The functioning of communal public libraries entails a number of positive consequences from the point of view of local participation. Libraries provide citizens with free access to information and culture, thus multiplying the intellectual ←184 | 185→capital and social capital of local communities. They also fulfil other social and cultural functions: they are meeting places, venues for cultural events or various activities for children and adults (Głowacka 2011: 2017–230). We were interested not so much in the very fact of the functioning of libraries as in their usage by commune inhabitants. Many studies conducted in the recent years prove that the level of general readership, and particularly press readership, correlates positively with so-called civic literacy139 understood as skills of participating in public life. For example, people reading newspapers participate in elections more often than those who do not and have a better knowledge of political issues (Gentzkow et al. 2011; Milner 2002; Ipsos MORI 2010)140. Since we have no results concerning readership at the local level, we decided to use another index, i.e. the number of library readers per 1000 commune inhabitants, which is published by the Local Data Bank of the Central Statistical Office. For us, the number of persons who use a library during the course of a year is a measure of interest in public affairs as well as skill of using public services. Indirectly, this index provides also some information on political participation (correlated with press readership) and the strength of local social ties (the tendency to use public space).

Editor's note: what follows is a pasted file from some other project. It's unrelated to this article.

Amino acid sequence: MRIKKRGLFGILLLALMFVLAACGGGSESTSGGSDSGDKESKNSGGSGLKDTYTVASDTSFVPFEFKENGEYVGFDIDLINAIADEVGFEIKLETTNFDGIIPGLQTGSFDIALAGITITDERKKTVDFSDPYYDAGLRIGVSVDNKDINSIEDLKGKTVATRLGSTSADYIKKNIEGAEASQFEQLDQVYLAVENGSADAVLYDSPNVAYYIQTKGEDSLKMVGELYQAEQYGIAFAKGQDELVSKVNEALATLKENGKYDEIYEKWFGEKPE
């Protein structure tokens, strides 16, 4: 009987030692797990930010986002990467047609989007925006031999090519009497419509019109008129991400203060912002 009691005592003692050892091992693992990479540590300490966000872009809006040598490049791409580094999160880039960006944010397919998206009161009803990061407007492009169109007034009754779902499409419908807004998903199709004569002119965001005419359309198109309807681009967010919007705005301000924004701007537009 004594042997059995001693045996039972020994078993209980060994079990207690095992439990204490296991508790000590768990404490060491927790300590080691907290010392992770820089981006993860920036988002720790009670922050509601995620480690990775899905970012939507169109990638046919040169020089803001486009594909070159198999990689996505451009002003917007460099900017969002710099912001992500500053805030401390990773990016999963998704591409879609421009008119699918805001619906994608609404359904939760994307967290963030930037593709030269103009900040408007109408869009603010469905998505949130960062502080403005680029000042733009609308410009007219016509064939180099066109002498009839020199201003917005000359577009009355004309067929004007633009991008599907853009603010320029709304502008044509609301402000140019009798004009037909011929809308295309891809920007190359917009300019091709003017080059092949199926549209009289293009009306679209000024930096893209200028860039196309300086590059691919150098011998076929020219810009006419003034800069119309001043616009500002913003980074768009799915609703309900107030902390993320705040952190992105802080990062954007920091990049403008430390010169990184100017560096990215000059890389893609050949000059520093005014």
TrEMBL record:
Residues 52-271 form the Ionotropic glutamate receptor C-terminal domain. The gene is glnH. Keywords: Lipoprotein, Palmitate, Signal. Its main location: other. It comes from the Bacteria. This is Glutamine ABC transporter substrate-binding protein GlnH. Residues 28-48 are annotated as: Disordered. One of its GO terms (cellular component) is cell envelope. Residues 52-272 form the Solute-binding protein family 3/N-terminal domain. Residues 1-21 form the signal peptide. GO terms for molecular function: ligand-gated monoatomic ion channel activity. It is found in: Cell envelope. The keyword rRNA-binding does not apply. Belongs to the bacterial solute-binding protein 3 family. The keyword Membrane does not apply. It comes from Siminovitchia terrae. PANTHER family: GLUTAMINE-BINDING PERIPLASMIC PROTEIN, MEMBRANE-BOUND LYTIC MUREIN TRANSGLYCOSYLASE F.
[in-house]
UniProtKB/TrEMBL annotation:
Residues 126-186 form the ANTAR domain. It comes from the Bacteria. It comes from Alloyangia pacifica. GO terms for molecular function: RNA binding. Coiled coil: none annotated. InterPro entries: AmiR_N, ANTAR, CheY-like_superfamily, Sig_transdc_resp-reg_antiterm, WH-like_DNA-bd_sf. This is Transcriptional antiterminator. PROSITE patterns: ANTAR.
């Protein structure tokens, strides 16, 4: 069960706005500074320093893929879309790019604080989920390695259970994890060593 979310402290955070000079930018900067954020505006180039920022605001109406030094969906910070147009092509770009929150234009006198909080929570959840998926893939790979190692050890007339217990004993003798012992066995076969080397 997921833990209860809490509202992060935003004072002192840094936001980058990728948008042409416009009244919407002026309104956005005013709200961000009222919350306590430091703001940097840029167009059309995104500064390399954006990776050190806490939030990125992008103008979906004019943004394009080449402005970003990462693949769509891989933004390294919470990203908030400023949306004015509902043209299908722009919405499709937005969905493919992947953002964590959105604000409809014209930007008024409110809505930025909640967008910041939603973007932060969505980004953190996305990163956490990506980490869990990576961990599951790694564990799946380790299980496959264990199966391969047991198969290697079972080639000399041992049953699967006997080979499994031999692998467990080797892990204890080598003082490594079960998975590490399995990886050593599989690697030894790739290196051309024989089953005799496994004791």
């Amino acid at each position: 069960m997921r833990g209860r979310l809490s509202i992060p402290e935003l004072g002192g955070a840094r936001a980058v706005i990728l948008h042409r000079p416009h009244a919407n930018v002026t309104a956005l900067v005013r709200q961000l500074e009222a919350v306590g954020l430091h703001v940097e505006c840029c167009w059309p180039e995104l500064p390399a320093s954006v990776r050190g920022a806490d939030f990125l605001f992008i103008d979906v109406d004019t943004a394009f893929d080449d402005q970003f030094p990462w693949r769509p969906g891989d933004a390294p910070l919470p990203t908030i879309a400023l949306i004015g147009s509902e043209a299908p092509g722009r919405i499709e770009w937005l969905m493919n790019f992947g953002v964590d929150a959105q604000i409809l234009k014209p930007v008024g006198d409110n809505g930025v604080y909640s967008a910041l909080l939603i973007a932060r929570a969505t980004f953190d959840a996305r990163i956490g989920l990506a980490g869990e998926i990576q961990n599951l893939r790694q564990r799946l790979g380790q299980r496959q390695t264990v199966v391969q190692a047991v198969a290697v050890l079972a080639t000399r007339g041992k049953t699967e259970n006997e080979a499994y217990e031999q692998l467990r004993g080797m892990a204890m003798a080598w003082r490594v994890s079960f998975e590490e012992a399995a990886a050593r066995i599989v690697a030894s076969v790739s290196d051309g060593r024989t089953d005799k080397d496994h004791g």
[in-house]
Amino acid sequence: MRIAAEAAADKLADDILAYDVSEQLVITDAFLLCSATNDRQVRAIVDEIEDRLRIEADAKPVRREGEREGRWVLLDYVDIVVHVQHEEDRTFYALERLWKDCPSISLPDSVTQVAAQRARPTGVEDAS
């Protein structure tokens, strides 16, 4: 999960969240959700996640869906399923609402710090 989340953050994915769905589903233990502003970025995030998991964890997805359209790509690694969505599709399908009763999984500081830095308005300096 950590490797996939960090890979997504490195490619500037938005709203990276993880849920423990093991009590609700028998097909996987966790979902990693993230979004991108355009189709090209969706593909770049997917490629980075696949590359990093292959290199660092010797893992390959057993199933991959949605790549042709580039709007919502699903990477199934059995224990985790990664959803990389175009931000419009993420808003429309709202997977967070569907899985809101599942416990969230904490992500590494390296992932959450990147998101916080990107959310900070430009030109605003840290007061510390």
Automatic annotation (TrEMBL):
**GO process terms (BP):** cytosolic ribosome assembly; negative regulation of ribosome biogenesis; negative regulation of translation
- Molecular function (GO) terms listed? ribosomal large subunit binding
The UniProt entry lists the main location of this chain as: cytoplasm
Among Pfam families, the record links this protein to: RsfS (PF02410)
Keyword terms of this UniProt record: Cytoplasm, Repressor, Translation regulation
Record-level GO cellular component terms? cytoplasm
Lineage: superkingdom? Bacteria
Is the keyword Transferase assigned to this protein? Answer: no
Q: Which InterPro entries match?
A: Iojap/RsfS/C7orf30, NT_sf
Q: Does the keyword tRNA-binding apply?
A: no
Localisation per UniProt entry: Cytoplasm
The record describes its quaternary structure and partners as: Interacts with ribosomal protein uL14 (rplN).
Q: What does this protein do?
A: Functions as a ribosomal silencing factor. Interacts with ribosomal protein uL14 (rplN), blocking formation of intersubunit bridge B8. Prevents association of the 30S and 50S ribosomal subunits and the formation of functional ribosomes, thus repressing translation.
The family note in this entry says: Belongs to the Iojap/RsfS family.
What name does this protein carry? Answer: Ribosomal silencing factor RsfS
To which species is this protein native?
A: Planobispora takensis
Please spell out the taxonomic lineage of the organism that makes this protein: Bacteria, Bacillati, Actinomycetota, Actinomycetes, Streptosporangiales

3 The average mark in the junior secondary school examination in the knowledge of society and history
This index is to reflect the level of young people’s knowledge and skills important from the point of view of civic participation, e.g. identification with the rules and requirements of a democratic state. We selected the junior secondary school examination, and not the senior secondary school examination, for two reasons. Firstly, young people attending senior secondary schools have a greater choice of schools outside the place of their permanent residence, which results in the outflow of the most ambitious pupils to better schools in larger towns and cities. Junior secondary schools are covered by the zoning system. Secondly, the most important comparative research on pupils’ competencies and skills conducted, among others, by OECD (the PISA research; OECD 2012), focuses on young ←185 | 186→people aged 14–15. From the available data, we selected the result in history and the knowledge of society, which have the greatest influence on young people’s attitudes and skills important from the point of view of participation.
4 Funds from the 1 % mechanism acquired by the commune’s public benefit organizations per 1 inhabitant